Cold Warmth; Katanagatari Episode 6

Well, this episode was cute. Cute as in quite good, but not Katanagatari‘s finest, unfortunately.

So far Katanagatari has grappled us in with a well-balanced plot that shifts from comedy to drama, with an undercurrent of something far more deep and powerful. The first five episodes constantly beat each other at its own game, so it was only natural for the show to keep going up. Every episode served a specific focus – both thematically and character-wise, until we slowly reached the higher portions of Maslow’s Hierarchy of Needs (see: my post on Katanagatari Episode 5)  However, the opposite can be said, as Episode 6 felt a bit lackluster in its approach to be varied and full of depth like the previous installments. This doesn’t mean that it was necessarily bad – on the contrary, it was quite enjoyable – but it didn’t have the impressive performance and execution of the previous episodes, which made it fall a bit short of my expectations. That is, until the end.

But what expectations are we talking about here? Well, I have given up on trusting any information from our episode previews after Episode 4 (scream with me: NANAMIIII) but Katanagatari has shown me that it’s quite controlled and precise in where it’s taking us, even if we have no idea where that next or final destination is. If there is one thing that keeps me consistently hooked, it’s Nisiosin’s talent for casual mockery: swiftly changing from classic comedy to brutal and vicious drama. It’s that sort of talent we see a bit slowed down here but for specific reasons: this episode was a step back from plot, as I see it, to focusing on one of Katanagatari‘s best traits, which was the main theme here: balance and contrast. I’m not just talking about Shichika and the fact that he loses – a nice contrast to the previous battles where he had won every battle he had fought with no scratches or bruises on his body, or the subversion of ideas like ‘small and puny’ vs ‘large and powerful’. Katanagatari is a show that relies on contrast as effective storytelling, and it works.

The first component to this is the tone balance. The show so far, has had bits of action, comedy and drama, but whereas most series exclusively focus on one and leave the other for sparse moments, Katanagatari makes sure to equally balance each sort of genre in every episode. Out of fifty minutes, around fifteen to twenty minutes are spent on each section. In this week’s episode, there’s a good bit of empathy and humanization as we witness some rather unusual interaction between our ‘Sword Holder of the Month’ – a young girl named Konayuki – who turns out to be the last survivor of her clan, who was brutally murdered by, er, an avalanche (we’ll get to that in a bit). The pacing is easier to follow in this episode than others, precisely because Konayuki is such an adorable character; it makes the transition of comedy to action to some poignant moments pretty easy to follow, whereas the previous installments were a little more rough and jagged in this approach. This episode features some rather heartfelt moments as well – right after we are introduced to Konayuki, Shichika and Togame share an intimate peace which is followed by a rather comedic battle, which is then followed by some serious introspection and analysis of failure. Konayuki also smoothens the process of  the ‘main boss battle’ in this month’s episode as she transforms into the weakly developed villain Kyouken, who has her moments of hilarity before becoming a flimsy opponent easily defeated by Shichika. This format is similar to the other episodes, but it’s this specific sort of progression that was the best thing about this episode, because I found myself much more able to carry on through without feeling like one portion or the other had been dragged out for too long.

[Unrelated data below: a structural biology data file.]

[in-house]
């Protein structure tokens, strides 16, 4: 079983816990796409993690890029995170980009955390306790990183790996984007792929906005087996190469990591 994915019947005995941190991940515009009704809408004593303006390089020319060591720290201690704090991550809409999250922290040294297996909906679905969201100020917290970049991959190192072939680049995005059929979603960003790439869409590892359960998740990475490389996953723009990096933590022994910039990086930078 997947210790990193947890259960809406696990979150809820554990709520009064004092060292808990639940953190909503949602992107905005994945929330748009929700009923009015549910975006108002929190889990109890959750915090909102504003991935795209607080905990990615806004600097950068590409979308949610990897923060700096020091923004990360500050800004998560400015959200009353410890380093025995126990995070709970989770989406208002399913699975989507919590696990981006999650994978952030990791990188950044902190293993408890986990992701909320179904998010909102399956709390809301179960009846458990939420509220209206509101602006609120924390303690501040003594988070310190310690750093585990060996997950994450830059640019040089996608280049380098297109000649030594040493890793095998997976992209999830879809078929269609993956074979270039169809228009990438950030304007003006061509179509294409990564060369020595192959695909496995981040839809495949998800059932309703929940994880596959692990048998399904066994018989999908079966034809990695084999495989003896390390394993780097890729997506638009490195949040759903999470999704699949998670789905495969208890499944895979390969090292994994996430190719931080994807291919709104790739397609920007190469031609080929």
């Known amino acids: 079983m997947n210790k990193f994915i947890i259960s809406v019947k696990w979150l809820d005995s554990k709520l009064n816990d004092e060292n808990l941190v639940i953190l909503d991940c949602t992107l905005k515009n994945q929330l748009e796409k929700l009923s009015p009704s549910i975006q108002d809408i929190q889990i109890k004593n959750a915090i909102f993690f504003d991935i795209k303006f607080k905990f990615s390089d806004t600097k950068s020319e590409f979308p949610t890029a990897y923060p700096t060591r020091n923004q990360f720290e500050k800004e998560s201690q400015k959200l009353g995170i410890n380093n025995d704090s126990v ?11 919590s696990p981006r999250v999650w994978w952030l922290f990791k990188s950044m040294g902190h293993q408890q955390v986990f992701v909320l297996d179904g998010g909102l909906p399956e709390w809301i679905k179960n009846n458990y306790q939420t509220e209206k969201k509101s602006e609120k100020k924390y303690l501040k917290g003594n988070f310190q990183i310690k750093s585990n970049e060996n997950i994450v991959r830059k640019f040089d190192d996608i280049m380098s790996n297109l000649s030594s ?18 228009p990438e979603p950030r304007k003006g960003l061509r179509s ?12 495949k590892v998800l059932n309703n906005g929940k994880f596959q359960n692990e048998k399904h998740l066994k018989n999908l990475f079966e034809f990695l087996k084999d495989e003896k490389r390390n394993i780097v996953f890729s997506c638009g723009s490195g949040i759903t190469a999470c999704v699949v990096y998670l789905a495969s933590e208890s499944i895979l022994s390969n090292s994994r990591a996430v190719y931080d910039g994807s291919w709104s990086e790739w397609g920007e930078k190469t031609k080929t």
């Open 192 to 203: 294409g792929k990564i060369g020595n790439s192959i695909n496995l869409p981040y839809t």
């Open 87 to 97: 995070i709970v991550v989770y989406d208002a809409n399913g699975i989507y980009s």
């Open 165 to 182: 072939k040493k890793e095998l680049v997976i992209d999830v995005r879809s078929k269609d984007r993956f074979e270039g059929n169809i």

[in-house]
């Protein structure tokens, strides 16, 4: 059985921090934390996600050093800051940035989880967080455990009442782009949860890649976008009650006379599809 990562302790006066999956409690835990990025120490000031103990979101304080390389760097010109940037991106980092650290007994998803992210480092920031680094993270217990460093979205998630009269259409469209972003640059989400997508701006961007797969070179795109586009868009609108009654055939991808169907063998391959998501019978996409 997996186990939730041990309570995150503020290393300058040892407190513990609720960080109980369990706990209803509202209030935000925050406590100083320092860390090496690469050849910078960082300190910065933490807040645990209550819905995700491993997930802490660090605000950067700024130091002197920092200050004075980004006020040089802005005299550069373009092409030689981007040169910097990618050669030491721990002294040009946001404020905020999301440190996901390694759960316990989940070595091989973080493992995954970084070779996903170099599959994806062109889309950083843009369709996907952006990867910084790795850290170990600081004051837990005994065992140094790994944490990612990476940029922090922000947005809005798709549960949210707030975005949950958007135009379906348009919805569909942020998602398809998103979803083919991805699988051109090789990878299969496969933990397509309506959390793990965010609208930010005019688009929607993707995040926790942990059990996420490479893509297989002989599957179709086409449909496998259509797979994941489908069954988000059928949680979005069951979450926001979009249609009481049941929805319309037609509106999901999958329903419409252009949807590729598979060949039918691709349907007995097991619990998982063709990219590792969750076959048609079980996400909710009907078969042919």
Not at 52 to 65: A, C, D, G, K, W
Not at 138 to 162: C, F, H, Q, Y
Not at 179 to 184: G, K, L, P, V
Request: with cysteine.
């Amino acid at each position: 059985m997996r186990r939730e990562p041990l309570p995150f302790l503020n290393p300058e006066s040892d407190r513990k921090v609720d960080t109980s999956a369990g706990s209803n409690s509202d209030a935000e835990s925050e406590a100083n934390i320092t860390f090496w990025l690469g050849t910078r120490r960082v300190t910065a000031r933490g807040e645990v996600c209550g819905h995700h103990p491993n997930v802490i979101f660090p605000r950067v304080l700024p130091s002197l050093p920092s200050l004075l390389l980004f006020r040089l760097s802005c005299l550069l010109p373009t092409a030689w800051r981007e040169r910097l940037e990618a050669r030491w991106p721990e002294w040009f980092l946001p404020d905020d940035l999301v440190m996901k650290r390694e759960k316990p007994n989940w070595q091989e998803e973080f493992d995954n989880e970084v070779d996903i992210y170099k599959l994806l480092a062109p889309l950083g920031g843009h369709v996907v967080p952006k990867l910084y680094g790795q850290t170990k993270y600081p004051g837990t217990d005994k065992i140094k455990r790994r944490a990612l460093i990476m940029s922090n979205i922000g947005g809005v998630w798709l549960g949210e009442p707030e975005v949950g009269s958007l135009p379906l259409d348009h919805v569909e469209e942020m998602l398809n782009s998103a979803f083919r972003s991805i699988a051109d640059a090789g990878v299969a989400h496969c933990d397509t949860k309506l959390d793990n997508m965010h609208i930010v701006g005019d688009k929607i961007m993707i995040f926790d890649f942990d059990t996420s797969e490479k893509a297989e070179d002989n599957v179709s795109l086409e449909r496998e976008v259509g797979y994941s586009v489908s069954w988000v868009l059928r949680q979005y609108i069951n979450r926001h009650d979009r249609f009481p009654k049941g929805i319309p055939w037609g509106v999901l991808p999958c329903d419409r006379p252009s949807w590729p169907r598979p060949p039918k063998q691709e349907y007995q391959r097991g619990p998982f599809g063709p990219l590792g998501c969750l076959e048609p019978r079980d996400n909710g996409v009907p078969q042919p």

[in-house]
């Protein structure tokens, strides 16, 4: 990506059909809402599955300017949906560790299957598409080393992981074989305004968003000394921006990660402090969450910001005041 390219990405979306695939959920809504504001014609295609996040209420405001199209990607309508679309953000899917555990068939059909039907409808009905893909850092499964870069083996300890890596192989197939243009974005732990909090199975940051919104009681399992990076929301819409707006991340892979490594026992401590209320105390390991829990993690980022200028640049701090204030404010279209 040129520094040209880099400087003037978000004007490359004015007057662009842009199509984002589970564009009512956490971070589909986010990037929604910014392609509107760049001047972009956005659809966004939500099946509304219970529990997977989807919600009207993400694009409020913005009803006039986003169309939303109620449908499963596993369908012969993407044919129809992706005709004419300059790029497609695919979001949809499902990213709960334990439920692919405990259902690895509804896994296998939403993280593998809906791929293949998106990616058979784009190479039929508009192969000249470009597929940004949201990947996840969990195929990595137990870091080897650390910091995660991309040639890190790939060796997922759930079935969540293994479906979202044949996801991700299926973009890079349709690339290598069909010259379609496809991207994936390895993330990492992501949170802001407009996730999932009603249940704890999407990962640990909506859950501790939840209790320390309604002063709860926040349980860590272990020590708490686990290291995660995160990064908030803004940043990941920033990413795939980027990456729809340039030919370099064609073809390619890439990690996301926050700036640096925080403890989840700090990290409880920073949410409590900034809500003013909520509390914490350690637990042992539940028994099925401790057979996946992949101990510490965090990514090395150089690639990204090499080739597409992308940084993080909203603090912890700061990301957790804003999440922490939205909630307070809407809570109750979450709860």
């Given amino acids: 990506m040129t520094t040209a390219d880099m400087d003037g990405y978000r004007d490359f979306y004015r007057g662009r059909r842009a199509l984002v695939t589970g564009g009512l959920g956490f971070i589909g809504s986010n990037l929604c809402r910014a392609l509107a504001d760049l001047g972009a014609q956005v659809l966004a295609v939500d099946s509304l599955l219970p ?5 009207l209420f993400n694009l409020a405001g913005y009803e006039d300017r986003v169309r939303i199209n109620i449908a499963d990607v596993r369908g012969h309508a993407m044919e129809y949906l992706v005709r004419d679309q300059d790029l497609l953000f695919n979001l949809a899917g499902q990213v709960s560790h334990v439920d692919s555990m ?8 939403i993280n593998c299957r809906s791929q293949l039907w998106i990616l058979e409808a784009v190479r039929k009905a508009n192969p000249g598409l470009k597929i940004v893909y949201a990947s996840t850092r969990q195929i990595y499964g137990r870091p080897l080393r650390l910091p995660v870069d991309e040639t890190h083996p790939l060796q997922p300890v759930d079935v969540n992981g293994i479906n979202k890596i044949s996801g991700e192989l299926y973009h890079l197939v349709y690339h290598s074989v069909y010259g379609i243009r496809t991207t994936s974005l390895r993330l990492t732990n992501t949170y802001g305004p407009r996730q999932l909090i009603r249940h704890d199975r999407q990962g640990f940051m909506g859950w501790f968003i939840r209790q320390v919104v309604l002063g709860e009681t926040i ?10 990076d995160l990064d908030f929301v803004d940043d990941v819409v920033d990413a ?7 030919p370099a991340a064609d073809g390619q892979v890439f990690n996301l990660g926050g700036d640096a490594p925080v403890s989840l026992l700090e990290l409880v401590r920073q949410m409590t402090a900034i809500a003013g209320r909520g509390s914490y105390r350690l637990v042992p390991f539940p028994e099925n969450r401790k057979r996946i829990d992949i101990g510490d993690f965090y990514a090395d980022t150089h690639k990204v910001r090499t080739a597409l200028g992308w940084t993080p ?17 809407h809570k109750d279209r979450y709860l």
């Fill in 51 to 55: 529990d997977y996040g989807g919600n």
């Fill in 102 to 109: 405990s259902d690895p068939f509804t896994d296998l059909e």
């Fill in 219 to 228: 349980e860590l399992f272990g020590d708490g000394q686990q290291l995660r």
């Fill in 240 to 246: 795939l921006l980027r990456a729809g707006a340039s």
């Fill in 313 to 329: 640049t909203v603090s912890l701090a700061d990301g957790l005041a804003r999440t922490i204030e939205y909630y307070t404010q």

The second component is character design. The animation has consistent across five episodes, but what stood out in this episode were the character designs for Konayuki and Kyouken. Konayuki is plump, round and very chibi-fied, which serves to emphasize her innocence and gentle heart.  Kyouken on the other hand is bluntly sexualized, with a skimpy outfit emphasizing her large breasts and hips. However, as it turns out, Kyouken, with her lean body, has to depend on Konayuki’s body, to win the fight; an interesting contrast considering how in anime, the girls who are often sexualized are the ones who are physically fit to win a battle.

The last component is character itself. Nisiosin seems to heavily depend on exaggeration for contrast. In this episode, Shichika, a fully fledged warrior, trained in the arts of Kyotouryuu for as long as he can remember, loses to Konayuki who has never picked up a blade in her life. It’s not about the fact that Konayuki is extremely strong despite being an adorable little girl, or the fact that she’s more accustomed to the cold climate than Shichika is. It’s precisely the fact that Konayuki has never used a weapon before; that her style relies simply on play and fun and not combat tactics. And so for the first time, Shichika, who has never lost a battle since this journey, loses to a little girl and in the process, breaks his arm.